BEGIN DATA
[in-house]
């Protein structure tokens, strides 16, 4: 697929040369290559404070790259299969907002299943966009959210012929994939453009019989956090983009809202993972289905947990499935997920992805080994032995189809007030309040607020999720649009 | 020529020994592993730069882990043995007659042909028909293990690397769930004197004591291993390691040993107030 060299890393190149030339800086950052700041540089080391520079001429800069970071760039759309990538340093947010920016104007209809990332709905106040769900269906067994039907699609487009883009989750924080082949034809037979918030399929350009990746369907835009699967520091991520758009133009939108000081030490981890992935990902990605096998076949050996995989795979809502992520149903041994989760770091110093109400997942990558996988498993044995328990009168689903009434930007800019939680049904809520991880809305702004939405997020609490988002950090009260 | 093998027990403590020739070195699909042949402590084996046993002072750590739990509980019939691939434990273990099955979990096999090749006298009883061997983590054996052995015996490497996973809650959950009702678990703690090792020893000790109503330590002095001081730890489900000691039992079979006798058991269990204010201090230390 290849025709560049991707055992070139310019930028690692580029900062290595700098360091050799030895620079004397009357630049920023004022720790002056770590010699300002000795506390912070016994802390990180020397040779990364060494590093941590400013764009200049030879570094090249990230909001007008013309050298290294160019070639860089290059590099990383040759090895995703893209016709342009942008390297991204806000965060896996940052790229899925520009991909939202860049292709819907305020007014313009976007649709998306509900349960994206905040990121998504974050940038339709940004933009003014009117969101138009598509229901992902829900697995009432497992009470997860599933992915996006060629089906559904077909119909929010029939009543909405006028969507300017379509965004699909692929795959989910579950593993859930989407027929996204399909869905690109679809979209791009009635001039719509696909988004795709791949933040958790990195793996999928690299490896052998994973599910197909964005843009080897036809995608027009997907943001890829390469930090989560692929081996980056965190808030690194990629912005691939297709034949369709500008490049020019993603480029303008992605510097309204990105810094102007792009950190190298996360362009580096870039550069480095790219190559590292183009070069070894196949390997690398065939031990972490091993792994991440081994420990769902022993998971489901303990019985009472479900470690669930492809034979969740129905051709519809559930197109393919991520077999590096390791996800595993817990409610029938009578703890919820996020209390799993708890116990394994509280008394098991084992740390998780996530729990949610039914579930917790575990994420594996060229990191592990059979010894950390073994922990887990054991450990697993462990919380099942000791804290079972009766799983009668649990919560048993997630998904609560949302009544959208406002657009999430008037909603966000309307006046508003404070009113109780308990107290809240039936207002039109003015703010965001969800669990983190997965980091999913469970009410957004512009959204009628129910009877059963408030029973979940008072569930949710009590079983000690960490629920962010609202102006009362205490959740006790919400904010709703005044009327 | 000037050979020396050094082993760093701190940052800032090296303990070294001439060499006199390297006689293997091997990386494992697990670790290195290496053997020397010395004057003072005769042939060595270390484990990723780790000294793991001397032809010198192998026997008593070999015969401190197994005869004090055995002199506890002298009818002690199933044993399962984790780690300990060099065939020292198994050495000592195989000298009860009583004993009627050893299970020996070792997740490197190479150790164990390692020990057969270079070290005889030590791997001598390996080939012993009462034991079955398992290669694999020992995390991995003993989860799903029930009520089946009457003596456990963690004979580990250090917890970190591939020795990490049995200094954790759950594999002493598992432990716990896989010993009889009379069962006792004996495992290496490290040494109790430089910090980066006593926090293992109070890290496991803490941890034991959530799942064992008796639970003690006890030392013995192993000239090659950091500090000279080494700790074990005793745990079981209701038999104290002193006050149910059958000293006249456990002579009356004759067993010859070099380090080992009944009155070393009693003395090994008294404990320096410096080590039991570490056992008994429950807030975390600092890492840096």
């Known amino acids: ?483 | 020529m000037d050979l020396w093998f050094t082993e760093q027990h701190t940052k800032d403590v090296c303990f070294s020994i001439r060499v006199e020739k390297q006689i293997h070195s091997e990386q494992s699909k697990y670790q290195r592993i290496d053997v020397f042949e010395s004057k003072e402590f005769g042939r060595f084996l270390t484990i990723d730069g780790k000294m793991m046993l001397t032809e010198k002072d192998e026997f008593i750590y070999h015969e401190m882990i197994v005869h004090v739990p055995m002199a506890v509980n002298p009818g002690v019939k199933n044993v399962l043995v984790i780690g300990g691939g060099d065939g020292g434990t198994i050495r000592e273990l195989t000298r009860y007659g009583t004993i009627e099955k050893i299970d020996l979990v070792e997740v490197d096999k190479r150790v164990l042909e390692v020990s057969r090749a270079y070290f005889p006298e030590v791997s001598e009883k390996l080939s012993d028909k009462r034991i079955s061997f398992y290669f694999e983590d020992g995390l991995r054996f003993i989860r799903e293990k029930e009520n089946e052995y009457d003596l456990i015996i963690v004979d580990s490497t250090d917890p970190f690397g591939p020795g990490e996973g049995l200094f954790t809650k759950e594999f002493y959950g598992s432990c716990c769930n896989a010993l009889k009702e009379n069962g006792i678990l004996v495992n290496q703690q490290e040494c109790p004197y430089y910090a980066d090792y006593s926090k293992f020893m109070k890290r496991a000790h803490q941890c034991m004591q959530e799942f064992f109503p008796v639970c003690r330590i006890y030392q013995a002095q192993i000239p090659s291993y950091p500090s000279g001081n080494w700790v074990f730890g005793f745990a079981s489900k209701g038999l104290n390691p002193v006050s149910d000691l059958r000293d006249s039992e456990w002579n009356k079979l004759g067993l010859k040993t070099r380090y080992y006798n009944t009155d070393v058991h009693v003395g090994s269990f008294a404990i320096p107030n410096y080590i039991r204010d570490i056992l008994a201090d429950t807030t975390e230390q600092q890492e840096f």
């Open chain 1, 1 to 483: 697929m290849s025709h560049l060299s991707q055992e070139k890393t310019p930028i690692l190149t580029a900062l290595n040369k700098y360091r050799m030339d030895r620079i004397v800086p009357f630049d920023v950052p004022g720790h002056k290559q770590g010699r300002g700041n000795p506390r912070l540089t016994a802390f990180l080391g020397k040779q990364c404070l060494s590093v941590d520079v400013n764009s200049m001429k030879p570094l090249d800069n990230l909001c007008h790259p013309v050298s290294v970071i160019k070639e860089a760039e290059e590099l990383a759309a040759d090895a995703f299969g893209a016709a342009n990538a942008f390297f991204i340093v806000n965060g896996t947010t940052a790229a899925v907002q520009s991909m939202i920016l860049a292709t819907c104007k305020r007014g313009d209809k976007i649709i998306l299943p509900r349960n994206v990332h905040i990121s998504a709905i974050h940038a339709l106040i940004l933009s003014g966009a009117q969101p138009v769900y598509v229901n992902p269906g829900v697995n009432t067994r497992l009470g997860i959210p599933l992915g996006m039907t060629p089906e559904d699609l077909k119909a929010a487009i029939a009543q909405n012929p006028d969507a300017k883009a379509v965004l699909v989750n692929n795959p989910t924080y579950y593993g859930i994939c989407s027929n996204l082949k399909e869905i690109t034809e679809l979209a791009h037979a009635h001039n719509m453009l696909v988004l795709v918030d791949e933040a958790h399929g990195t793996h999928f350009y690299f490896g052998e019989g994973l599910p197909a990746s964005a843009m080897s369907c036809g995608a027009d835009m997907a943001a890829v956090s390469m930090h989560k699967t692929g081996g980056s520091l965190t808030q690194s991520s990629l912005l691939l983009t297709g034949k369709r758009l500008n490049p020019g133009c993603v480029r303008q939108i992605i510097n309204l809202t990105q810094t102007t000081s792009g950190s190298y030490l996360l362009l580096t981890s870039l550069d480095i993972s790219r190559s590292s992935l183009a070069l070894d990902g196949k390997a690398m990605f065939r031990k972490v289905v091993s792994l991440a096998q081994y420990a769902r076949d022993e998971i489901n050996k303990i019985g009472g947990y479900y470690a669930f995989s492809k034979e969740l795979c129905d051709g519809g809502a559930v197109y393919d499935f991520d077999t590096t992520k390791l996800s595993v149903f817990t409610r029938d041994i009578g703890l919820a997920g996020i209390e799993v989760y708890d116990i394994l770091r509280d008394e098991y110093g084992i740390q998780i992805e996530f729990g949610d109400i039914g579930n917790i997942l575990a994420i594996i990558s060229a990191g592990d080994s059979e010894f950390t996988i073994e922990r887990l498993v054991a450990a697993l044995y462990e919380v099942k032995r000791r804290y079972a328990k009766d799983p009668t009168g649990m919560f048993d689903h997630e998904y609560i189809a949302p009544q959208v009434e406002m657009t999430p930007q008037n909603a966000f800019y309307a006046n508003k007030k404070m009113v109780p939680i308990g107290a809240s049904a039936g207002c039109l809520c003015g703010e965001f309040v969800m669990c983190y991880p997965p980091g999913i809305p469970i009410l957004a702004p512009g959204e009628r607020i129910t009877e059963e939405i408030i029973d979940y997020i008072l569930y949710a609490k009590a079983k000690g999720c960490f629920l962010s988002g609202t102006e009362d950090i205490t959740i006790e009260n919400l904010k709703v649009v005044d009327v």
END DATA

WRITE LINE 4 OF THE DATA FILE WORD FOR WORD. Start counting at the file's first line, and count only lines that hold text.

């Open chain 1, 1 to 483: 697929m290849s025709h560049l060299s991707q055992e070139k890393t310019p930028i690692l190149t580029a900062l290595n040369k700098y360091r050799m030339d030895r620079i004397v800086p009357f630049d920023v950052p004022g720790h002056k290559q770590g010699r300002g700041n000795p506390r912070l540089t016994a802390f990180l080391g020397k040779q990364c404070l060494s590093v941590d520079v400013n764009s200049m001429k030879p570094l090249d800069n990230l909001c007008h790259p013309v050298s290294v970071i160019k070639e860089a760039e290059e590099l990383a759309a040759d090895a995703f299969g893209a016709a342009n990538a942008f390297f991204i340093v806000n965060g896996t947010t940052a790229a899925v907002q520009s991909m939202i920016l860049a292709t819907c104007k305020r007014g313009d209809k976007i649709i998306l299943p509900r349960n994206v990332h905040i990121s998504a709905i974050h940038a339709l106040i940004l933009s003014g966009a009117q969101p138009v769900y598509v229901n992902p269906g829900v697995n009432t067994r497992l009470g997860i959210p599933l992915g996006m039907t060629p089906e559904d699609l077909k119909a929010a487009i029939a009543q909405n012929p006028d969507a300017k883009a379509v965004l699909v989750n692929n795959p989910t924080y579950y593993g859930i994939c989407s027929n996204l082949k399909e869905i690109t034809e679809l979209a791009h037979a009635h001039n719509m453009l696909v988004l795709v918030d791949e933040a958790h399929g990195t793996h999928f350009y690299f490896g052998e019989g994973l599910p197909a990746s964005a843009m080897s369907c036809g995608a027009d835009m997907a943001a890829v956090s390469m930090h989560k699967t692929g081996g980056s520091l965190t808030q690194s991520s990629l912005l691939l983009t297709g034949k369709r758009l500008n490049p020019g133009c993603v480029r303008q939108i992605i510097n309204l809202t990105q810094t102007t000081s792009g950190s190298y030490l996360l362009l580096t981890s870039l550069d480095i993972s790219r190559s590292s992935l183009a070069l070894d990902g196949k390997a690398m990605f065939r031990k972490v289905v091993s792994l991440a096998q081994y420990a769902r076949d022993e998971i489901n050996k303990i019985g009472g947990y479900y470690a669930f995989s492809k034979e969740l795979c129905d051709g519809g809502a559930v197109y393919d499935f991520d077999t590096t992520k390791l996800s595993v149903f817990t409610r029938d041994i009578g703890l919820a997920g996020i209390e799993v989760y708890d116990i394994l770091r509280d008394e098991y110093g084992i740390q998780i992805e996530f729990g949610d109400i039914g579930n917790i997942l575990a994420i594996i990558s060229a990191g592990d080994s059979e010894f950390t996988i073994e922990r887990l498993v054991a450990a697993l044995y462990e919380v099942k032995r000791r804290y079972a328990k009766d799983p009668t009168g649990m919560f048993d689903h997630e998904y609560i189809a949302p009544q959208v009434e406002m657009t999430p930007q008037n909603a966000f800019y309307a006046n508003k007030k404070m009113v109780p939680i308990g107290a809240s049904a039936g207002c039109l809520c003015g703010e965001f309040v969800m669990c983190y991880p997965p980091g999913i809305p469970i009410l957004a702004p512009g959204e009628r607020i129910t009877e059963e939405i408030i029973d979940y997020i008072l569930y949710a609490k009590a079983k000690g999720c960490f629920l962010s988002g609202t102006e009362d950090i205490t959740i006790e009260n919400l904010k709703v649009v005044d009327v």